The Centers for Disease Control and Prevention recommends that adults get at least seven hours of sleep per night, and in recent years, consumers have had the choice of a proliferating number of sleep trackers and wearables to measure how often they’re getting a good night’s rest.
Of course, sleep health is about much more than how many hours of shut-eye people get each night, and while consumer devices like the Apple Watch, Garmin, and Fitbit provide important data and insights that can help people improve their overall sleep hygiene, they’re not medical-grade diagnostic or monitoring devices .
Why is this so significant? Because poor sleep is often a symptom of a more serious underlying medical issue like obstructive sleep apnea (OSA) – a condition linked to cardiovascular diseases - that is currently undiagnosed in an estimated 80 percent of the roughly 54 million Americans believed to suffer from it and costs the U.S. economy 9.6 billion annually .
Moreover, sleep apnea is very deceiving. Many sufferers wake up after what their sleep tracking app tells them was a full eight hours of sleep – when in reality, their (likely undiagnosed) apnea caused so much disruption to their brain that they experienced the equivalent of four hours of sleep without even knowing it.
Faced with a growing physician shortage , the market needs to harness the power of technology to meet demand, offer providers much-needed clinical support, and provide patients living with OSA the monitoring they need. To that end, Amazon may be expanding its reach in the consumer sleep technology market, geared toward conditions like OSA, with Business Insider reporting last month that the tech giant is developing an Alexa-powered device that aims to monitor users’ sleeping and breathing patterns using millimeter-wave radar.
While it remains to be seen whether Amazon’s initiative will bear fruit, its work on the project underscores that to diagnose and monitor OSA, it is necessary to meld wearables with more advanced technology.
Equipping patients with medical-grade sleep health monitoring devices will provide physicians the rich and accurate data and visibility they need to raise the standard of care along the entire patient pathway, from diagnosis to treatment. Following this approach will save healthcare systems millions, reduce the risk for major chronic disease such as diabetes and heart illness, and enhance patients’ quality of life.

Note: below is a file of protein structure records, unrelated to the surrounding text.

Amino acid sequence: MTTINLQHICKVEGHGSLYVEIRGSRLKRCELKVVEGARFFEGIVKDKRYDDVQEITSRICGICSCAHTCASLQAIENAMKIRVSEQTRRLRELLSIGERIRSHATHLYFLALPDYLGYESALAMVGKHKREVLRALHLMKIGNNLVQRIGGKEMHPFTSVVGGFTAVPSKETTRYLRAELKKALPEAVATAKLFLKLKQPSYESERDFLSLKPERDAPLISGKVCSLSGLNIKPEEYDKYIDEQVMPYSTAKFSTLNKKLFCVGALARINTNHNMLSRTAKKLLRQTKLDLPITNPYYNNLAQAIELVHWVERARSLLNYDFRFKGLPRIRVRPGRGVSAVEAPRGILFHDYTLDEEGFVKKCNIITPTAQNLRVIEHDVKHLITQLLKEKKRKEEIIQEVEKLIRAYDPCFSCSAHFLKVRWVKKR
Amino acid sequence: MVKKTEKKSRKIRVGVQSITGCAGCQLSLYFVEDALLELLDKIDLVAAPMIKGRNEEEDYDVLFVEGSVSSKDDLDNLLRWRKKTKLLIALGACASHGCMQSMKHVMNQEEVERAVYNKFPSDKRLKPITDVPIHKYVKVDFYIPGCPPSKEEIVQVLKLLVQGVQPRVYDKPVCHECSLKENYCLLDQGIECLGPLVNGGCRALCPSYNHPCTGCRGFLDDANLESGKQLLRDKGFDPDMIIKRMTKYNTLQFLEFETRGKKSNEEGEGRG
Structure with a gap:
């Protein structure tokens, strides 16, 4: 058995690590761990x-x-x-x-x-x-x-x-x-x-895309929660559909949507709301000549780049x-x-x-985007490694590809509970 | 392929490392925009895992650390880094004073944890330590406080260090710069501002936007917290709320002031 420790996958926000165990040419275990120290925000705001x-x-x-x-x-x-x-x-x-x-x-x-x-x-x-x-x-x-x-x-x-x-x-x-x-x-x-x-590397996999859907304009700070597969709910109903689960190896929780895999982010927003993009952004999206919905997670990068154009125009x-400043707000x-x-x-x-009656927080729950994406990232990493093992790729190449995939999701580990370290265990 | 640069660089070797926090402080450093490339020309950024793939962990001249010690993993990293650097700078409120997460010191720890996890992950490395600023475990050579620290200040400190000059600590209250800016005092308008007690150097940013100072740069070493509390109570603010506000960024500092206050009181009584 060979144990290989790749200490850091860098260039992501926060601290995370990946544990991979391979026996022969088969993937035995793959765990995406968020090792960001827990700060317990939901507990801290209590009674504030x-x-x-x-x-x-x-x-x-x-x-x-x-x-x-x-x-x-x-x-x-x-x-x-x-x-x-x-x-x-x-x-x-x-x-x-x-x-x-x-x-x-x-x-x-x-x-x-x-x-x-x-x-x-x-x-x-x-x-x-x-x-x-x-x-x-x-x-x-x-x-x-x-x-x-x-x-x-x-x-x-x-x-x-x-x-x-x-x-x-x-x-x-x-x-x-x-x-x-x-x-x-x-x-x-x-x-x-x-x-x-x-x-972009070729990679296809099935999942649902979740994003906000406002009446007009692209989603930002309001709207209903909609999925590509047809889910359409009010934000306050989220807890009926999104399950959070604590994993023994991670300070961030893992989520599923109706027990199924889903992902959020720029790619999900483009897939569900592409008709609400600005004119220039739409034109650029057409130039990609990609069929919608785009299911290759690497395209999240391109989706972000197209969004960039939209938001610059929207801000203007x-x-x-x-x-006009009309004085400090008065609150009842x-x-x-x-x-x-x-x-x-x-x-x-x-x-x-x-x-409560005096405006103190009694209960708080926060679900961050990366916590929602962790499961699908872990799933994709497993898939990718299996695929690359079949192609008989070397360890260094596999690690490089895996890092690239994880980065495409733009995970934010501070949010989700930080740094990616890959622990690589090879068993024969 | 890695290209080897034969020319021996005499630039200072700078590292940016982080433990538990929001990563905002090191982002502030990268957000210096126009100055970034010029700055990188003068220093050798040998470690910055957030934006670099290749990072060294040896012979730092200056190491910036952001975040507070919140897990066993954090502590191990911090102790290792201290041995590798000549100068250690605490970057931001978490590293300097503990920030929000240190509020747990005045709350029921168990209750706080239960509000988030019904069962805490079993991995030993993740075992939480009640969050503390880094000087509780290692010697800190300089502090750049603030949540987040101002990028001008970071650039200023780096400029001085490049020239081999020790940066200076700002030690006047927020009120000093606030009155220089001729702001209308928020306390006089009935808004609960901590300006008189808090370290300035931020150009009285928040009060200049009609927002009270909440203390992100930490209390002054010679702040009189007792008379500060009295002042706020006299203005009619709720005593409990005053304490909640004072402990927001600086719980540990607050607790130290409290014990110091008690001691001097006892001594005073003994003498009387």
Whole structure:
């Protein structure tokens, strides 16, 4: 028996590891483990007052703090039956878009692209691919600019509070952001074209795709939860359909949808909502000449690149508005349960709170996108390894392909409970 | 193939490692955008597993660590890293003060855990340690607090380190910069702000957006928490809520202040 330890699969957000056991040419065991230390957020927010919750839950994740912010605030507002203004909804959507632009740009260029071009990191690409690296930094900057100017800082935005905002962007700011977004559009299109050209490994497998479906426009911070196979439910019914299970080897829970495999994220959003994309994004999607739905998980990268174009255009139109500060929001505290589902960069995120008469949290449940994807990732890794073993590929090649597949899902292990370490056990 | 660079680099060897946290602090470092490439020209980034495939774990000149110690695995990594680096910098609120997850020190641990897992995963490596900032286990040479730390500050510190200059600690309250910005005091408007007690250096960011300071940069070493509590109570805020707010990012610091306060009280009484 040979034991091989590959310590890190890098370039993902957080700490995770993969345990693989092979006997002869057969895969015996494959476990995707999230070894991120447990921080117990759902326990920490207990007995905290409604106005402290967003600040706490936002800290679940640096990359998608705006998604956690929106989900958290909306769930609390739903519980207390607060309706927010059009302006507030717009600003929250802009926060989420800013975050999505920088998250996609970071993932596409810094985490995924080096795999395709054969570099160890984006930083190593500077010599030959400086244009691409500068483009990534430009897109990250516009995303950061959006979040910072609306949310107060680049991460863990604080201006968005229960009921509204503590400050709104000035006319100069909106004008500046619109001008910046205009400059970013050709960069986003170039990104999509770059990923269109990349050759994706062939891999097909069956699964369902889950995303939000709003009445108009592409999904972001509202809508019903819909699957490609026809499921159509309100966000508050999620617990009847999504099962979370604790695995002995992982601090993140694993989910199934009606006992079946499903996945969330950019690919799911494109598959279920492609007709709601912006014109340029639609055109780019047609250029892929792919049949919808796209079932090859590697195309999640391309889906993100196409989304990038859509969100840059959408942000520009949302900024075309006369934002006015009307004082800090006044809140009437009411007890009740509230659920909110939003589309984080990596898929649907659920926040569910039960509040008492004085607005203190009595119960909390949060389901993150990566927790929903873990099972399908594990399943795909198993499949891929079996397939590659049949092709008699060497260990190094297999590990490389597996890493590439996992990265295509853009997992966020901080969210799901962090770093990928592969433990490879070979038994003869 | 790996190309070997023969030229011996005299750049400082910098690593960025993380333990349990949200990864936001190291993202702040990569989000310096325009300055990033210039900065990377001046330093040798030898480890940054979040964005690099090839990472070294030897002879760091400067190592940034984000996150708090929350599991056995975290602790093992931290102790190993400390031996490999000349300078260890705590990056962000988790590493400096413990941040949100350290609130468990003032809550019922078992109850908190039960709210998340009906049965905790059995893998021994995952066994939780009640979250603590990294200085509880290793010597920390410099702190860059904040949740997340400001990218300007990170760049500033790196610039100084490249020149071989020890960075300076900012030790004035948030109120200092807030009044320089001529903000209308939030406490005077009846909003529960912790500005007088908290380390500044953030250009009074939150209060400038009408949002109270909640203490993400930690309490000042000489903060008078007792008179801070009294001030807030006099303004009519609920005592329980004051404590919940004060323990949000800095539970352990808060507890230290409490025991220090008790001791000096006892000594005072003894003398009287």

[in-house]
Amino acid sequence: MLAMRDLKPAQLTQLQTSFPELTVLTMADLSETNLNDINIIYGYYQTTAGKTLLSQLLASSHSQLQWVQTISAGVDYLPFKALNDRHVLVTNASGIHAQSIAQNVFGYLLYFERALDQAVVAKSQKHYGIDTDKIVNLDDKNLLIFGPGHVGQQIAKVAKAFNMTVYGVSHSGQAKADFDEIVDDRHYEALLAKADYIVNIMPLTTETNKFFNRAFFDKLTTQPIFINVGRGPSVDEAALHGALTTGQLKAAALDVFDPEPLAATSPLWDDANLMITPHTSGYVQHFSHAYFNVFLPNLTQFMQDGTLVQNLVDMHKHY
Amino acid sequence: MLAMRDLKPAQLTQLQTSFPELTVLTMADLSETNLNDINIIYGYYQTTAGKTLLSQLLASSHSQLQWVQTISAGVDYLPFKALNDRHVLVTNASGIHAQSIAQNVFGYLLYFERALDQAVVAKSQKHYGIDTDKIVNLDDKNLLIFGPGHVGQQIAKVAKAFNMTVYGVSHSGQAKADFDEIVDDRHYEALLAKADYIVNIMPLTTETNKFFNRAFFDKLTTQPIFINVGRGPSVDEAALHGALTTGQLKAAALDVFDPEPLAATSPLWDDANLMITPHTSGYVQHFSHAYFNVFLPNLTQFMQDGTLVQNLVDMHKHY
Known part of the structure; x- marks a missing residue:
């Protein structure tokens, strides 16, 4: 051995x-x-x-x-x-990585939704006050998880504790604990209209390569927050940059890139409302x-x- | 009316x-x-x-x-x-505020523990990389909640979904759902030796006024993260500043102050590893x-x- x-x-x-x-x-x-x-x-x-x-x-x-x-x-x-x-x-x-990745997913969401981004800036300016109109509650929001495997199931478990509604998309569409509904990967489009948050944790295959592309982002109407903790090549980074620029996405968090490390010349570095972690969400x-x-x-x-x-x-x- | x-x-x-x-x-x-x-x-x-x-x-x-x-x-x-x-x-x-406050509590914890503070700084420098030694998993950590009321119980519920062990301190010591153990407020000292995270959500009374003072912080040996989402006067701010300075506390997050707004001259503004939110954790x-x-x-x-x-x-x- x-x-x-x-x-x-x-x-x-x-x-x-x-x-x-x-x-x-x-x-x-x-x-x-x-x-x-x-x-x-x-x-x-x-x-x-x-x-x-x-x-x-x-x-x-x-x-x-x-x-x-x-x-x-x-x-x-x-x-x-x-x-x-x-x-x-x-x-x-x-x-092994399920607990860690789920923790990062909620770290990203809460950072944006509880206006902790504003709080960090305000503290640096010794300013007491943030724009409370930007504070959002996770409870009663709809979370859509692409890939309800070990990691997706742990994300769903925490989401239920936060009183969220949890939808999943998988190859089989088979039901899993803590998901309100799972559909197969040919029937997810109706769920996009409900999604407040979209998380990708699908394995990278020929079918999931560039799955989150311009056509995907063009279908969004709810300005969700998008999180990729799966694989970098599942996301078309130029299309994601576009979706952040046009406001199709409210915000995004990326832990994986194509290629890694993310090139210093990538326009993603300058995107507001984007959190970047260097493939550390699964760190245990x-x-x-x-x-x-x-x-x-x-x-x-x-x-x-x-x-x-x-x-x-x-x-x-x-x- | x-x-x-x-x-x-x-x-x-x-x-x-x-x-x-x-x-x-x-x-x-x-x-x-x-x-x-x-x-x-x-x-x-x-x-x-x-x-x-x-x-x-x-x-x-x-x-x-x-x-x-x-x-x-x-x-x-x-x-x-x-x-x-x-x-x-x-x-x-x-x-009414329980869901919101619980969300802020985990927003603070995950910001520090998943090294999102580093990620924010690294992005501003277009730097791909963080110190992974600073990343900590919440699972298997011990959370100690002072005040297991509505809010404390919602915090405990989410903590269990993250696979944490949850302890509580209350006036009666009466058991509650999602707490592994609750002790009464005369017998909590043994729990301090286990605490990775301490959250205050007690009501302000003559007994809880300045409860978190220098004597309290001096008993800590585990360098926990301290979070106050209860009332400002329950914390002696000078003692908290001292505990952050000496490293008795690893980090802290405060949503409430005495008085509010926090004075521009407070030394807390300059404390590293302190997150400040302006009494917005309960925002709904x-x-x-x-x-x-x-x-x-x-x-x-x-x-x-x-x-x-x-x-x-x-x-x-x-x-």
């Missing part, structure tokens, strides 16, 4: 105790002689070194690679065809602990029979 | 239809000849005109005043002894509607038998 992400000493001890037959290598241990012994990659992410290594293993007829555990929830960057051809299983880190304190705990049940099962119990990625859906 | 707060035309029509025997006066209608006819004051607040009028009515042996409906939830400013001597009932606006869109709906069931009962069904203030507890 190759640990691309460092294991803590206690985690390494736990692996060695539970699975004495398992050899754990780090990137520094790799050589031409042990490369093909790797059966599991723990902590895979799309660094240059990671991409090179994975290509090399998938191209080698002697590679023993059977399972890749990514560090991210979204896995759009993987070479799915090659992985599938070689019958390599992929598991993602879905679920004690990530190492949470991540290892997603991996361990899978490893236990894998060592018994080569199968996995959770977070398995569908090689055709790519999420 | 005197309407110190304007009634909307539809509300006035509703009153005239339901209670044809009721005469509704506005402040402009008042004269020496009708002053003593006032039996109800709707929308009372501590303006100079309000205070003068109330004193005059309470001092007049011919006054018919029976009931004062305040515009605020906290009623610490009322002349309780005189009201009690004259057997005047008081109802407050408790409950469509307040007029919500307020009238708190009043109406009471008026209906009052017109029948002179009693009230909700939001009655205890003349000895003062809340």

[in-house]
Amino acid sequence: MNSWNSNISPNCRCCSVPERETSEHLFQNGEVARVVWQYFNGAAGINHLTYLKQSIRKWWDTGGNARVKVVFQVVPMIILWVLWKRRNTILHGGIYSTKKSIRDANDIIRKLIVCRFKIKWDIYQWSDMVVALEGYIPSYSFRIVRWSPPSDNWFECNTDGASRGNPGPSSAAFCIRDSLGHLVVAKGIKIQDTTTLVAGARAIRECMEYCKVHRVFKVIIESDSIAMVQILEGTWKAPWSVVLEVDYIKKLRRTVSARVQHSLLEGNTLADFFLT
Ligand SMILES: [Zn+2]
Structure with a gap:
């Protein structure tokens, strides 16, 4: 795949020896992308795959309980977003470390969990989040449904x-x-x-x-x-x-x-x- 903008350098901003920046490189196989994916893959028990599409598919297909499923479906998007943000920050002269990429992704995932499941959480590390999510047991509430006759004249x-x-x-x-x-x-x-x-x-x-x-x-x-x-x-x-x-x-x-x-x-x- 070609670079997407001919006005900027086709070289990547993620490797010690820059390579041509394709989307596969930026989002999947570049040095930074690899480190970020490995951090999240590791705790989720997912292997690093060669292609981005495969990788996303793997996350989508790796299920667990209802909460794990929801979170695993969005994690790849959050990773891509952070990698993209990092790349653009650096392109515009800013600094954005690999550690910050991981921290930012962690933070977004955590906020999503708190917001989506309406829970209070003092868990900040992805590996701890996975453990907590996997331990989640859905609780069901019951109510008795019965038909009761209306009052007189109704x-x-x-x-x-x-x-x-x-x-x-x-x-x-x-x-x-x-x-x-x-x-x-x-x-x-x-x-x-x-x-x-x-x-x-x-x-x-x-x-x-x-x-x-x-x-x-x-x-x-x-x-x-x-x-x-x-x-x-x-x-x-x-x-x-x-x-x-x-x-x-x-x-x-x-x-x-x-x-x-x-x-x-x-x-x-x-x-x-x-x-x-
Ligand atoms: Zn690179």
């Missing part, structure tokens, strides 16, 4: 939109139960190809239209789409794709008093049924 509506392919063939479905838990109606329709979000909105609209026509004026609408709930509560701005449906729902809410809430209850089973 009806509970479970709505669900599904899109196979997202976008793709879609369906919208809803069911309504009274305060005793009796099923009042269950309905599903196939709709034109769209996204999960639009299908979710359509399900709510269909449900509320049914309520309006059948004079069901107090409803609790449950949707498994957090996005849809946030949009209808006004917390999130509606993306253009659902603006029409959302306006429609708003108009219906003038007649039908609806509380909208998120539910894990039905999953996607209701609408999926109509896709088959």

The Power of Sophisticated Monitoring
The COVID-19 pandemic has accelerated the adoption of digital health and tech-enabled health services to help patients and providers remotely and effectively monitor and manage an array of chronic health conditions.
For those living with OSA but who don’t realize it, monitoring solutions that focus on detecting sleep apnea – potentially including more sophisticated wearables – are vital to optimal disease management and the prevention of more serious cardiovascular- and respiratory-related complications.
Thinking about sleep health just in terms of a narrow set of factors, like sleep duration and snoring throughout the night, which is what wearables and other consumer sleep products generally provide, while ignoring the quality of sleep and common breathing disorders, offers a very misleading picture. Much more is at stake – which is why patients need solutions that examine the problem from a much more comprehensive perspective.
Medical experts stress the importance of telehealth and remote patient monitoring (RPM) to track key patient metrics and empower patients to stay on top of their overall health. While these tools are more sophisticated than wellness gadgets, they don’t focus on OSA specifically. FDA-cleared, medical-grade OSA monitoring can fill this gap and meet the urgent need for continuous and comprehensive sleep apnea management and disease burden monitoring.
Innovating OSA Treatment
Over the past year, healthcare providers and public health experts have spent ample time illustrating how health conditions influence the likelihood of deterioration in COVID-19 patients. Among the salutary effects of this discourse has been a growing public awareness of how various conditions interact and influence health outcomes, which in turn has inspired many people to do more to take charge of their overall health and well-being.
This newfound appreciation must be applied to the realm of sleep health, with clinically validated approaches to diagnostics, monitoring, and treatment, including devices and scalable solutions for sleep disorders. consumer-grade wearables alone won’t cut it. Instead, to improve patient outcomes and make care more seamless and efficient, physicians need interoperable digital platforms that can empower them to oversee the full patient sleep care pathway.
Patients need much more than better diagnostics. Living — and thriving — demands nothing less than a full-spectrum approach. Clinical-grade solutions can provide patients and their doctors with full, real-time visibility into their whole health, from sleep quality to cardiovascular metrics. As COVID-era experiments in telehealth and RPM foster a greater appreciation for the benefits of accessible, home-based care and monitoring, this revolution in how healthcare is delivered will increasingly extend into areas like OSA treatment. Once these solutions are made available to those who need them, millions of patients and their families can rest easier.
This guest blog was written by Gilad Glick, CEO, Itamar Medical .